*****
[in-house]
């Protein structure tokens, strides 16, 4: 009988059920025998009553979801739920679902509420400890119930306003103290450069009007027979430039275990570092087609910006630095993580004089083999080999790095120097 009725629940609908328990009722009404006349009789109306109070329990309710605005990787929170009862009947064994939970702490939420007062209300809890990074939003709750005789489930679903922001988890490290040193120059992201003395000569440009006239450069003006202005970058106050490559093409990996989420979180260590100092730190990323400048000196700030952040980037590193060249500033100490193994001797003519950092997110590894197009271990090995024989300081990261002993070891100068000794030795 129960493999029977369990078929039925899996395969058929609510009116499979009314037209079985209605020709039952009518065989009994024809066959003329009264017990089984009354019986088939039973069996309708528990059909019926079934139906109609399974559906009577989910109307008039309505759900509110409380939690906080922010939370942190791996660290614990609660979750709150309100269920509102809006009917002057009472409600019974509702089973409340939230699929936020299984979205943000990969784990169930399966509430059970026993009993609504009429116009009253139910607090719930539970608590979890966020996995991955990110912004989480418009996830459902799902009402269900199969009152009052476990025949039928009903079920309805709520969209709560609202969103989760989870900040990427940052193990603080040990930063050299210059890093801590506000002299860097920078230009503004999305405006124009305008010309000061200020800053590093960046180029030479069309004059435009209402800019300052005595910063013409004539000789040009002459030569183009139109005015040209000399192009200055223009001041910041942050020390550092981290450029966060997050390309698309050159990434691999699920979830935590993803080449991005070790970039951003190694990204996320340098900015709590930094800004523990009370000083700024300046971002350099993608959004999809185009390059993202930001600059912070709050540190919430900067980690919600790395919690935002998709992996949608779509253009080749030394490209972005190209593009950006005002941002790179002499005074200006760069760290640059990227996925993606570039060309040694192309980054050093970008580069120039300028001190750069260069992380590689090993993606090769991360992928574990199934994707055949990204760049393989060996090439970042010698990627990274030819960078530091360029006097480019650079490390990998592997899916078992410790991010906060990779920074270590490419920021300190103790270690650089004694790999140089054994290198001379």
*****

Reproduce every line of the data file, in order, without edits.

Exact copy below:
[in-house]
């Protein structure tokens, strides 16, 4: 009988059920025998009553979801739920679902509420400890119930306003103290450069009007027979430039275990570092087609910006630095993580004089083999080999790095120097 009725629940609908328990009722009404006349009789109306109070329990309710605005990787929170009862009947064994939970702490939420007062209300809890990074939003709750005789489930679903922001988890490290040193120059992201003395000569440009006239450069003006202005970058106050490559093409990996989420979180260590100092730190990323400048000196700030952040980037590193060249500033100490193994001797003519950092997110590894197009271990090995024989300081990261002993070891100068000794030795 129960493999029977369990078929039925899996395969058929609510009116499979009314037209079985209605020709039952009518065989009994024809066959003329009264017990089984009354019986088939039973069996309708528990059909019926079934139906109609399974559906009577989910109307008039309505759900509110409380939690906080922010939370942190791996660290614990609660979750709150309100269920509102809006009917002057009472409600019974509702089973409340939230699929936020299984979205943000990969784990169930399966509430059970026993009993609504009429116009009253139910607090719930539970608590979890966020996995991955990110912004989480418009996830459902799902009402269900199969009152009052476990025949039928009903079920309805709520969209709560609202969103989760989870900040990427940052193990603080040990930063050299210059890093801590506000002299860097920078230009503004999305405006124009305008010309000061200020800053590093960046180029030479069309004059435009209402800019300052005595910063013409004539000789040009002459030569183009139109005015040209000399192009200055223009001041910041942050020390550092981290450029966060997050390309698309050159990434691999699920979830935590993803080449991005070790970039951003190694990204996320340098900015709590930094800004523990009370000083700024300046971002350099993608959004999809185009390059993202930001600059912070709050540190919430900067980690919600790395919690935002998709992996949608779509253009080749030394490209972005190209593009950006005002941002790179002499005074200006760069760290640059990227996925993606570039060309040694192309980054050093970008580069120039300028001190750069260069992380590689090993993606090769991360992928574990199934994707055949990204760049393989060996090439970042010698990627990274030819960078530091360029006097480019650079490390990998592997899916078992410790991010906060990779920074270590490419920021300190103790270690650089004694790999140089054994290198001379």